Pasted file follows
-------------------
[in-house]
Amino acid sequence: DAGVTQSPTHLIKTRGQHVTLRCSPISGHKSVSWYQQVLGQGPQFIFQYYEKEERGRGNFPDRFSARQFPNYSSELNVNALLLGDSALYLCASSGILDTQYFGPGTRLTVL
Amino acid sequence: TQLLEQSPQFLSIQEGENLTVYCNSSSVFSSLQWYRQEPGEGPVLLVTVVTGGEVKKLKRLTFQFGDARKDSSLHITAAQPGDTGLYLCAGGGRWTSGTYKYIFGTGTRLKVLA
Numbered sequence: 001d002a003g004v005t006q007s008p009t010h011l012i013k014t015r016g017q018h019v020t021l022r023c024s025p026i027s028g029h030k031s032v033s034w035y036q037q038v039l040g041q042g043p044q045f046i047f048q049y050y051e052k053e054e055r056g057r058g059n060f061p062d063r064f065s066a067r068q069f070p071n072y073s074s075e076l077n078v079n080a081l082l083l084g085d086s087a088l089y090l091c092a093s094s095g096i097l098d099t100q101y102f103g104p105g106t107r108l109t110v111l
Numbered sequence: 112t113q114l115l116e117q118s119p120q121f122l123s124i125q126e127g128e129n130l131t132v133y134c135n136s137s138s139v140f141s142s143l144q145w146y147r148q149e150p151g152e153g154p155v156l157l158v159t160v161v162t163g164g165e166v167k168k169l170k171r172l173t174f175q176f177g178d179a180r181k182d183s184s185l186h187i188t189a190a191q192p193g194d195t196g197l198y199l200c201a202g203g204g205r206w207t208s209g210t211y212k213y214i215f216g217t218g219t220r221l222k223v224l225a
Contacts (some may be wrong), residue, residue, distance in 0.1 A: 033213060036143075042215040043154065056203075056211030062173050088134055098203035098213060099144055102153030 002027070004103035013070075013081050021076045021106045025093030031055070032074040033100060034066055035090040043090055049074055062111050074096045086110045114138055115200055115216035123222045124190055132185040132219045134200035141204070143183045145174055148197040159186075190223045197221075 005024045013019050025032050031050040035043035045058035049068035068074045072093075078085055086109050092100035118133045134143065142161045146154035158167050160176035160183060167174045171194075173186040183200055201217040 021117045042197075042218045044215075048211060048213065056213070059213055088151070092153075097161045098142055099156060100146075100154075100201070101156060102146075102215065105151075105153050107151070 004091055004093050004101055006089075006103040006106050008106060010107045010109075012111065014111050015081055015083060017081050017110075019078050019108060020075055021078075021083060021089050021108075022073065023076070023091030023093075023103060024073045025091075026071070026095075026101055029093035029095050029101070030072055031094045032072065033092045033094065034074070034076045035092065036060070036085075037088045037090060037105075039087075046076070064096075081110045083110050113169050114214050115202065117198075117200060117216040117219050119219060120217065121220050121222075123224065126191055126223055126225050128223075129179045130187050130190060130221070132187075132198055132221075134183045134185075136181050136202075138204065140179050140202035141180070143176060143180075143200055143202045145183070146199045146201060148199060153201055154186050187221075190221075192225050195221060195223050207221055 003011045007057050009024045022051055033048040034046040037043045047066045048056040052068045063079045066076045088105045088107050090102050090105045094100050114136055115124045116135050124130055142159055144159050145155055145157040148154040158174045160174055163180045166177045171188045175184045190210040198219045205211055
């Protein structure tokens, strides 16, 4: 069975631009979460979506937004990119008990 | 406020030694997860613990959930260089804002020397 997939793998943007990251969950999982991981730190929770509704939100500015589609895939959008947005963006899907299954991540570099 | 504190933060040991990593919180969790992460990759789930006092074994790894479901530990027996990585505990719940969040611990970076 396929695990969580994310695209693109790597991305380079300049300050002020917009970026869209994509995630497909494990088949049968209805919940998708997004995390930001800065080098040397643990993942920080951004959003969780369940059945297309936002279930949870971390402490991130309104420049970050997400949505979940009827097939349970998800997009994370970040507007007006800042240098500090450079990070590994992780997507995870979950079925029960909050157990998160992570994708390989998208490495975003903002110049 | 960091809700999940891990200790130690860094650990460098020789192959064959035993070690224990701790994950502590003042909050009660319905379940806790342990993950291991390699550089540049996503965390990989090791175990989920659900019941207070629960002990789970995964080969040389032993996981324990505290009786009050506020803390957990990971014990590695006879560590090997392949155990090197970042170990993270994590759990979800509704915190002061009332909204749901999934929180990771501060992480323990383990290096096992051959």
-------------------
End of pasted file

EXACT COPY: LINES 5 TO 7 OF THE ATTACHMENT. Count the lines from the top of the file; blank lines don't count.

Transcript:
Numbered sequence: 112t113q114l115l116e117q118s119p120q121f122l123s124i125q126e127g128e129n130l131t132v133y134c135n136s137s138s139v140f141s142s143l144q145w146y147r148q149e150p151g152e153g154p155v156l157l158v159t160v161v162t163g164g165e166v167k168k169l170k171r172l173t174f175q176f177g178d179a180r181k182d183s184s185l186h187i188t189a190a191q192p193g194d195t196g197l198y199l200c201a202g203g204g205r206w207t208s209g210t211y212k213y214i215f216g217t218g219t220r221l222k223v224l225a
Contacts (some may be wrong), residue, residue, distance in 0.1 A: 033213060036143075042215040043154065056203075056211030062173050088134055098203035098213060099144055102153030 002027070004103035013070075013081050021076045021106045025093030031055070032074040033100060034066055035090040043090055049074055062111050074096045086110045114138055115200055115216035123222045124190055132185040132219045134200035141204070143183045145174055148197040159186075190223045197221075 005024045013019050025032050031050040035043035045058035049068035068074045072093075078085055086109050092100035118133045134143065142161045146154035158167050160176035160183060167174045171194075173186040183200055201217040 021117045042197075042218045044215075048211060048213065056213070059213055088151070092153075097161045098142055099156060100146075100154075100201070101156060102146075102215065105151075105153050107151070 004091055004093050004101055006089075006103040006106050008106060010107045010109075012111065014111050015081055015083060017081050017110075019078050019108060020075055021078075021083060021089050021108075022073065023076070023091030023093075023103060024073045025091075026071070026095075026101055029093035029095050029101070030072055031094045032072065033092045033094065034074070034076045035092065036060070036085075037088045037090060037105075039087075046076070064096075081110045083110050113169050114214050115202065117198075117200060117216040117219050119219060120217065121220050121222075123224065126191055126223055126225050128223075129179045130187050130190060130221070132187075132198055132221075134183045134185075136181050136202075138204065140179050140202035141180070143176060143180075143200055143202045145183070146199045146201060148199060153201055154186050187221075190221075192225050195221060195223050207221055 003011045007057050009024045022051055033048040034046040037043045047066045048056040052068045063079045066076045088105045088107050090102050090105045094100050114136055115124045116135050124130055142159055144159050145155055145157040148154040158174045160174055163180045166177045171188045175184045190210040198219045205211055
């Protein structure tokens, strides 16, 4: 069975631009979460979506937004990119008990 | 406020030694997860613990959930260089804002020397 997939793998943007990251969950999982991981730190929770509704939100500015589609895939959008947005963006899907299954991540570099 | 504190933060040991990593919180969790992460990759789930006092074994790894479901530990027996990585505990719940969040611990970076 396929695990969580994310695209693109790597991305380079300049300050002020917009970026869209994509995630497909494990088949049968209805919940998708997004995390930001800065080098040397643990993942920080951004959003969780369940059945297309936002279930949870971390402490991130309104420049970050997400949505979940009827097939349970998800997009994370970040507007007006800042240098500090450079990070590994992780997507995870979950079925029960909050157990998160992570994708390989998208490495975003903002110049 | 960091809700999940891990200790130690860094650990460098020789192959064959035993070690224990701790994950502590003042909050009660319905379940806790342990993950291991390699550089540049996503965390990989090791175990989920659900019941207070629960002990789970995964080969040389032993996981324990505290009786009050506020803390957990990971014990590695006879560590090997392949155990090197970042170990993270994590759990979800509704915190002061009332909204749901999934929180990771501060992480323990383990290096096992051959």